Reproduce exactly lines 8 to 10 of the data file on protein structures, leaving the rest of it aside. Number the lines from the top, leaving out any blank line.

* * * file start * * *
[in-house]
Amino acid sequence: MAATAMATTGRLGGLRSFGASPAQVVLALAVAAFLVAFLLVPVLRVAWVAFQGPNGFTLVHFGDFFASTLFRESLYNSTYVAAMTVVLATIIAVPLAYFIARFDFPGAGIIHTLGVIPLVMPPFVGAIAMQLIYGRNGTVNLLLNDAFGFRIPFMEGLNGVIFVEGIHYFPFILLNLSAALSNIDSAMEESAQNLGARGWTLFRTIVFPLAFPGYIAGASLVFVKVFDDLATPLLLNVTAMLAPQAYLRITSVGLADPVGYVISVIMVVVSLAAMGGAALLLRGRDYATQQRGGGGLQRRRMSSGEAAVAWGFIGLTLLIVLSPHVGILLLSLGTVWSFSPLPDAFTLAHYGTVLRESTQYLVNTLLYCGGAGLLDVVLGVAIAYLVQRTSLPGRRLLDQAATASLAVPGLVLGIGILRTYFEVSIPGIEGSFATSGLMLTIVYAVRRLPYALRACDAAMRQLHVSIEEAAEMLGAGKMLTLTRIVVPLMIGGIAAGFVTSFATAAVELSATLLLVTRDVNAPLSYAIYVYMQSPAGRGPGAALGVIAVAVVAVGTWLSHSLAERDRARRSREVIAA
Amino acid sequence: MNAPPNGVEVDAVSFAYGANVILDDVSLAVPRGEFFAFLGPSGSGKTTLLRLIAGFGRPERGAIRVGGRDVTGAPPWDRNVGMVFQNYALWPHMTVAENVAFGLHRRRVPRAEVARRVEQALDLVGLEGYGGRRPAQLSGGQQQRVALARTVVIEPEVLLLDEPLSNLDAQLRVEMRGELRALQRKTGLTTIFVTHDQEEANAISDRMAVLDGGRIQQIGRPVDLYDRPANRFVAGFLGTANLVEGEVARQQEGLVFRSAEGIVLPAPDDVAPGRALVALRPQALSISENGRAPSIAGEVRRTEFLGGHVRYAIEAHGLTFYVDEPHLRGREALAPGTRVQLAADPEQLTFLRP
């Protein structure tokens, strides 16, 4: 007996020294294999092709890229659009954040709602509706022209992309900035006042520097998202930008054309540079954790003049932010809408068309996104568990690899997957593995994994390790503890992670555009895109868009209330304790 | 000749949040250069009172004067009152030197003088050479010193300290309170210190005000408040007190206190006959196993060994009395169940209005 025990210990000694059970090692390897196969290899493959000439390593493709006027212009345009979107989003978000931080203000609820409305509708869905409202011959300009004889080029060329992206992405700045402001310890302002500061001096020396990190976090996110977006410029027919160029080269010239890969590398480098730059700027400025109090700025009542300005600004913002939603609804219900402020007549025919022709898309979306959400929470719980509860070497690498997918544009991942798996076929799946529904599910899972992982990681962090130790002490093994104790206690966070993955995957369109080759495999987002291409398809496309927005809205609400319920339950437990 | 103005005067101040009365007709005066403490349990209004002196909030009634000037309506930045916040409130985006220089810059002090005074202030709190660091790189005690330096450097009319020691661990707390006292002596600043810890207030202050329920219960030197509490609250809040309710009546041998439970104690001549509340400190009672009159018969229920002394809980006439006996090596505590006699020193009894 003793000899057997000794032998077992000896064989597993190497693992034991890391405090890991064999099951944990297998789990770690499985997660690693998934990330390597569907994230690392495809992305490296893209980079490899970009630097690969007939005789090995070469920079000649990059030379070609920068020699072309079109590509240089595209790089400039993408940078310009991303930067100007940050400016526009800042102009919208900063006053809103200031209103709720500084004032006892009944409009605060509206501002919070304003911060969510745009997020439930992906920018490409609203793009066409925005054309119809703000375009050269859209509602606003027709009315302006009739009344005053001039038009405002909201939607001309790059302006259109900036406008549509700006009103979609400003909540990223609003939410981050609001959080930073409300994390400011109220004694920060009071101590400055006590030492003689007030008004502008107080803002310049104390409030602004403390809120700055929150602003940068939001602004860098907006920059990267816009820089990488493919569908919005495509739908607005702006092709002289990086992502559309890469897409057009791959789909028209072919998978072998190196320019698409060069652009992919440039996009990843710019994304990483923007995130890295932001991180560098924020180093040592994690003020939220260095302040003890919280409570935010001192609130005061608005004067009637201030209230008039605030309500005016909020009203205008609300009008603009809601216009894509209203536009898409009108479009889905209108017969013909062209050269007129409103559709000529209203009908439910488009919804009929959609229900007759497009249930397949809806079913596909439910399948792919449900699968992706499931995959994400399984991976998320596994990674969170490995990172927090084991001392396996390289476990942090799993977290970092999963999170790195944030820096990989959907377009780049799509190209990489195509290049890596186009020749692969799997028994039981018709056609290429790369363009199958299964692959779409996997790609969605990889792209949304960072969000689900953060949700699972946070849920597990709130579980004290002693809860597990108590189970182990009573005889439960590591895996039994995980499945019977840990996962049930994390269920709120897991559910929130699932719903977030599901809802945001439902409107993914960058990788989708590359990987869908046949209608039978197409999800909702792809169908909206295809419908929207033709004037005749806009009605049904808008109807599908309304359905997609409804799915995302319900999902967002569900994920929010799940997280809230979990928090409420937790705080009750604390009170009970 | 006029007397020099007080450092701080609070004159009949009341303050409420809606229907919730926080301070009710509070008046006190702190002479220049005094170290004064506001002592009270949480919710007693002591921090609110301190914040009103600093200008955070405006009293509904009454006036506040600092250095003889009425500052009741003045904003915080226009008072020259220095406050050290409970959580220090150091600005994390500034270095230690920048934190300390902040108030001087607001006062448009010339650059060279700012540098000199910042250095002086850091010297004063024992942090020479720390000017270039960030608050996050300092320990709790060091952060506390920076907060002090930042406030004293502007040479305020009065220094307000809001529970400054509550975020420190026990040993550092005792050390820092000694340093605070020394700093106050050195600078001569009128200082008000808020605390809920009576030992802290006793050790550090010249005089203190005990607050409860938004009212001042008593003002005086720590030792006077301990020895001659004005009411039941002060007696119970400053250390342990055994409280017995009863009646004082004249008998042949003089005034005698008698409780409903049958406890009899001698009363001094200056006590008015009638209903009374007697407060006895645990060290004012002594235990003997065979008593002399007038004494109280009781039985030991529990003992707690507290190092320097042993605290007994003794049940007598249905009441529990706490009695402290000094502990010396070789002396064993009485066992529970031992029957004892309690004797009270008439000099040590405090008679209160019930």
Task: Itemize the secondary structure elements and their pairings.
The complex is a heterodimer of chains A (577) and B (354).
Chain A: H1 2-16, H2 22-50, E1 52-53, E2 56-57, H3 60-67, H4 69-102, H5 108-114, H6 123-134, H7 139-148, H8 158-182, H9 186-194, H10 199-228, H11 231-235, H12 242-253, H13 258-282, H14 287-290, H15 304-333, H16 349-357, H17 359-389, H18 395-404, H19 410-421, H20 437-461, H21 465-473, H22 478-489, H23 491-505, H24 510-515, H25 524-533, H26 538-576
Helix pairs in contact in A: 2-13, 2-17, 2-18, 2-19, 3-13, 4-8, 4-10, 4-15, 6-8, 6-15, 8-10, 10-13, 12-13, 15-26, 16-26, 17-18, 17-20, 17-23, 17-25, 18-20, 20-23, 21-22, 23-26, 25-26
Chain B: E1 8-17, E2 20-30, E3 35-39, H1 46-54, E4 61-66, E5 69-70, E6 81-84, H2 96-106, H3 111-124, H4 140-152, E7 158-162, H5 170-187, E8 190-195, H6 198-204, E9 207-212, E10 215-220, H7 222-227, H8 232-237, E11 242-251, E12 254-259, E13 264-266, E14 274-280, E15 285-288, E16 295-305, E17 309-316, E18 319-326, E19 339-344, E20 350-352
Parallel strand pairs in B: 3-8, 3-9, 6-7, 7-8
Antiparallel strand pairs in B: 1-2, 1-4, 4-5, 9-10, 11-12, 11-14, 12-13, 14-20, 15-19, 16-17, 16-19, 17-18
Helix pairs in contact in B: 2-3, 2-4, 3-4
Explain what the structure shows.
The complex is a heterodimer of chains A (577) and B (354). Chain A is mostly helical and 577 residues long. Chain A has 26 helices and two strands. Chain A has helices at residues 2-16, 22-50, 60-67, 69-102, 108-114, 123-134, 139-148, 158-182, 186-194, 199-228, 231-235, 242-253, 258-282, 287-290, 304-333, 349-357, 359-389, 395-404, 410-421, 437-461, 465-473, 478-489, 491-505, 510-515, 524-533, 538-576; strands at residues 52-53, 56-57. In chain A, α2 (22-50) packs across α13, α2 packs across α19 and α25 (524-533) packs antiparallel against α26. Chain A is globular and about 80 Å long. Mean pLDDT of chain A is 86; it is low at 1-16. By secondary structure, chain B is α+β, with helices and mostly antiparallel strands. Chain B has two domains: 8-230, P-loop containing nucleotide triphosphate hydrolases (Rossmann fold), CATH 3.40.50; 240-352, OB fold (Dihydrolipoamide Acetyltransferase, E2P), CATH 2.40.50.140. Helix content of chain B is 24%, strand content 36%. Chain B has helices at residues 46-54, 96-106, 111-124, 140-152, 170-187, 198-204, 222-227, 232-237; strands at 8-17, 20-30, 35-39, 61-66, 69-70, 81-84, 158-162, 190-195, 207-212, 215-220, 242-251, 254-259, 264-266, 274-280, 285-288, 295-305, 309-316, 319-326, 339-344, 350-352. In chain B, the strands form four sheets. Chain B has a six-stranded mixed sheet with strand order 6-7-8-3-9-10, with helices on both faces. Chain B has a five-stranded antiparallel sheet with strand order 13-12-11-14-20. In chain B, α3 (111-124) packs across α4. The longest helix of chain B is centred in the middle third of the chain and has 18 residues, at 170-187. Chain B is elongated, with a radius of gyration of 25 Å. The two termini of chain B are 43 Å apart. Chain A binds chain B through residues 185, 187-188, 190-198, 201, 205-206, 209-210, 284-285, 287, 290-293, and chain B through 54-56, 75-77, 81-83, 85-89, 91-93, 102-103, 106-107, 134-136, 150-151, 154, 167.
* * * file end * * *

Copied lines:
Helix pairs in contact in A: 2-13, 2-17, 2-18, 2-19, 3-13, 4-8, 4-10, 4-15, 6-8, 6-15, 8-10, 10-13, 12-13, 15-26, 16-26, 17-18, 17-20, 17-23, 17-25, 18-20, 20-23, 21-22, 23-26, 25-26
Chain B: E1 8-17, E2 20-30, E3 35-39, H1 46-54, E4 61-66, E5 69-70, E6 81-84, H2 96-106, H3 111-124, H4 140-152, E7 158-162, H5 170-187, E8 190-195, H6 198-204, E9 207-212, E10 215-220, H7 222-227, H8 232-237, E11 242-251, E12 254-259, E13 264-266, E14 274-280, E15 285-288, E16 295-305, E17 309-316, E18 319-326, E19 339-344, E20 350-352
Parallel strand pairs in B: 3-8, 3-9, 6-7, 7-8